Besides, multi-contrast OR-PAM can offer rich information. However, most OR-PAMs work on the single optical wavelength band, especially the visible region. Near-infrared-II window (NIR-II) light has attracted a lot of attention due to its good penetration depth and low background optical absorption. We develop multi-wavelength OR-PAM with a fiber-based visible/NIR PA probe. It can image tumor microvasculature, oxygen saturation, and nanoprobes in a single scanning. We develop a cost-efficient single laser source that provides 532, 558, and 1064-nm pulsed light with sub-micros wavelength switching time. Via dual-fiber illumination, we can focus the three beams to the same point. The optical and acoustic foci are confocally aligned to optimize the sensitivity. The visible and NIR wavelengths enable simultaneous tumor imaging with three different contrast modes. Results show obvious angiogenesis, significantly elevated oxygen saturation, and accumulated nanoparticles in the tumor regions, which offers comprehensive information to detect the tumor. This approach also allows us to identify feeding and draining vessels of the tumor and thus to determine local oxygen extraction fraction. In the tumor region, the oxygen extraction fraction significantly decreased along with tumor growth, which can also assist in tumor detection and staging. Fiber-based confocal visible/NIR photoacoustic microscopy offers a new tool for the early detection of cancer.

Finally, we report a fiber-based dual foci method that is employed to enhance the imaging speed of fast scanning OR-PAM without sacrificing the original sensitivity and FOV. A single-axis water-immersible resonant mirror is developed to achieve fast scanning with a B-scan rate of over 1000 Hz. It maintains the co-align of the laser beam and ultrasound beam thus maximizing the sensitivity in the FOV. Two 532-nm light beams are merged in the probe and focus adjacently on the sample. The proposed dual focus method can double the B-line rate to over 2000 Hz. We demonstrate the dual foci fast-scanning OR-PAM system by tracking the flowing ink with a C-scan rate of 3 Hz over 2×4 mm2. We also monitor the drug response of a mice ear with a C-scan rate of 1.7 Hz in a large FOV. Experimental results show that the dual foci method enables the fast-scanning photoacoustic microscopy a new imaging tool in the study of fast physiological change.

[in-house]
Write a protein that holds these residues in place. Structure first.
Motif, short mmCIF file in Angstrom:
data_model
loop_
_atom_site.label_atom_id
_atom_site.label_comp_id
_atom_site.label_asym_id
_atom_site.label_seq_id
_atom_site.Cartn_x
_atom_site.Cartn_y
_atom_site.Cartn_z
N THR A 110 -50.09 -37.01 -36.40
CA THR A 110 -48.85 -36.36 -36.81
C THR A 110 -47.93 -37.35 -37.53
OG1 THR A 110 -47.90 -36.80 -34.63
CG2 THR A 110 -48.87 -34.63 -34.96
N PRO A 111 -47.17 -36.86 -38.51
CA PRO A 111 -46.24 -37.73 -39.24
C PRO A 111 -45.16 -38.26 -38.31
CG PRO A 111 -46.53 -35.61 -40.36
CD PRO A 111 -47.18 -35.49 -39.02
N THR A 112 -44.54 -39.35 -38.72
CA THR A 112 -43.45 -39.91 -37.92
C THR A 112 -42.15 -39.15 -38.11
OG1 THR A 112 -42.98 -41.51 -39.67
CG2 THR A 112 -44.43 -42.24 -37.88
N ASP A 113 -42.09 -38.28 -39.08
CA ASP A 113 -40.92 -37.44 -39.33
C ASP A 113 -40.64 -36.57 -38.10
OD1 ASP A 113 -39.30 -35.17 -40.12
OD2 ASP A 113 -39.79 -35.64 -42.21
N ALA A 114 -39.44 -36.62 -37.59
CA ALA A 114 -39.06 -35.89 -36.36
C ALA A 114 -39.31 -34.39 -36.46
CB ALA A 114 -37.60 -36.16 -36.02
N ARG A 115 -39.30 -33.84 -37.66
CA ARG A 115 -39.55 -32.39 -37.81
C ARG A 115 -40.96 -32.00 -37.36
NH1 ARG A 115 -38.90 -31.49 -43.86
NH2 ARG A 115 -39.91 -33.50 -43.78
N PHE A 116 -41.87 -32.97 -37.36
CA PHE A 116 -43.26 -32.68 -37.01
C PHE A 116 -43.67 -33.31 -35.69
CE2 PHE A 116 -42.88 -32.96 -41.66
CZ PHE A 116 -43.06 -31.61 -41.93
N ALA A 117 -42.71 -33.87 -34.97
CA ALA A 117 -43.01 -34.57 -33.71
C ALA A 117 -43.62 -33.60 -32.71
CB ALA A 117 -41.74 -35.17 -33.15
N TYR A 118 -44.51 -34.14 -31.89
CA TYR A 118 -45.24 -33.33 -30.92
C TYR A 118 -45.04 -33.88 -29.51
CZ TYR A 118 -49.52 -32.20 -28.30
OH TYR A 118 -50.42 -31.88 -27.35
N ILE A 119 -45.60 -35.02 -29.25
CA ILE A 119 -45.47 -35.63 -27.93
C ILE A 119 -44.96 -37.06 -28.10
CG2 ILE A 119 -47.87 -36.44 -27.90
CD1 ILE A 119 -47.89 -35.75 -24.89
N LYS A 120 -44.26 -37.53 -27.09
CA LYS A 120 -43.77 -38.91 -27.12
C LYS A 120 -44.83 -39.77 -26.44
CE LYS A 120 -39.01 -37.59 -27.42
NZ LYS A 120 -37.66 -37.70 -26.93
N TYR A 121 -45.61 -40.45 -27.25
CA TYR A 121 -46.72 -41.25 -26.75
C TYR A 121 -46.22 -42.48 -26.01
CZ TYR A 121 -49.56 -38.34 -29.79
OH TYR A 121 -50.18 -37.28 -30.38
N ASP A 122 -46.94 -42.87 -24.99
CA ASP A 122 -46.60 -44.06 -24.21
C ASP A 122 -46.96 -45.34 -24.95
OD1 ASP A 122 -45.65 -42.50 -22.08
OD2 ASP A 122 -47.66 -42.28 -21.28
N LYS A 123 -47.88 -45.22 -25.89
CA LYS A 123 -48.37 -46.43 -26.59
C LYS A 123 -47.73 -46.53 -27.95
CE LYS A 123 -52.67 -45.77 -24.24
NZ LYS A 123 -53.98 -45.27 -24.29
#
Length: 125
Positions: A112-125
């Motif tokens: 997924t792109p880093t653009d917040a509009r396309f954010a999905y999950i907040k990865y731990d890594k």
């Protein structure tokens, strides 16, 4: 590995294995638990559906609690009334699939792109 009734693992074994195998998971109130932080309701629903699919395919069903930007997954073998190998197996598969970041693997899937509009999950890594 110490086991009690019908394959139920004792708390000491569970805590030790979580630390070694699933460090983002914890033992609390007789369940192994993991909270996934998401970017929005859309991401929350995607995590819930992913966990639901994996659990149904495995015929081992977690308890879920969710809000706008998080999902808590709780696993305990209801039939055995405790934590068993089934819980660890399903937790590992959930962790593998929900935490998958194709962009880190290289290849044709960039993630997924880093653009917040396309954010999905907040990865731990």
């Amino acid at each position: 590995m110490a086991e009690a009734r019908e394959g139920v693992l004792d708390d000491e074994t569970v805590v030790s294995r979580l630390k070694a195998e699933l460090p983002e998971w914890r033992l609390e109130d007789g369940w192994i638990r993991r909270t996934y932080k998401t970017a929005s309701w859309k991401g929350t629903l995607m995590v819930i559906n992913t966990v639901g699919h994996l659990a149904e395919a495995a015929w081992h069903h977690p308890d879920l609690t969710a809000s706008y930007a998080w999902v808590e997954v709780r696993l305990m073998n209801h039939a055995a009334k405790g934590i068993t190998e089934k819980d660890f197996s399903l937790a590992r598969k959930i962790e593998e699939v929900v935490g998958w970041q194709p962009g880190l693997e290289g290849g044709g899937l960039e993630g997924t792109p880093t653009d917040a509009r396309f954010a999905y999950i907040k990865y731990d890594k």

In the future, the performance of these developed OR-PAMs can be continually improved. Multi-wavelength (more than two wavelengths) laser with a high pulse repetition ratio, can be configurated in the polygon scanner OR-PAM. It enables fast multi-parameter measurement in a large FOV. 1064 nm light can also be configurated in fast scanner OR-PAM. A fast scanning visible/NIR OR-PAM may be a powerful tool in clinical imaging. On the other hand, the integration of the multi-foci (more than two foci) method and fast scanner OR-PAM, such as voice coil scanner OR-PAM and polygon scanner OR-PAM with a large FOV, can achieve ultra-high-speed imaging without the sacrifice of the original performance of the fast scanner OR-PAM.

In conclusion, OR-PAM is a kind of high-performance imaging technique that can achieve non-invasive, label-free, multi-contrast, and high-resolution imaging. The developed OR-PAMs have improved imaging performance, especially in the imaging speed. Some experiments have been demonstrated to show the imaging capability of the developed OR-PAMs. These OR-PAMs are expected to offer new tools for biomedical imaging and broaden the application of OR-PAM.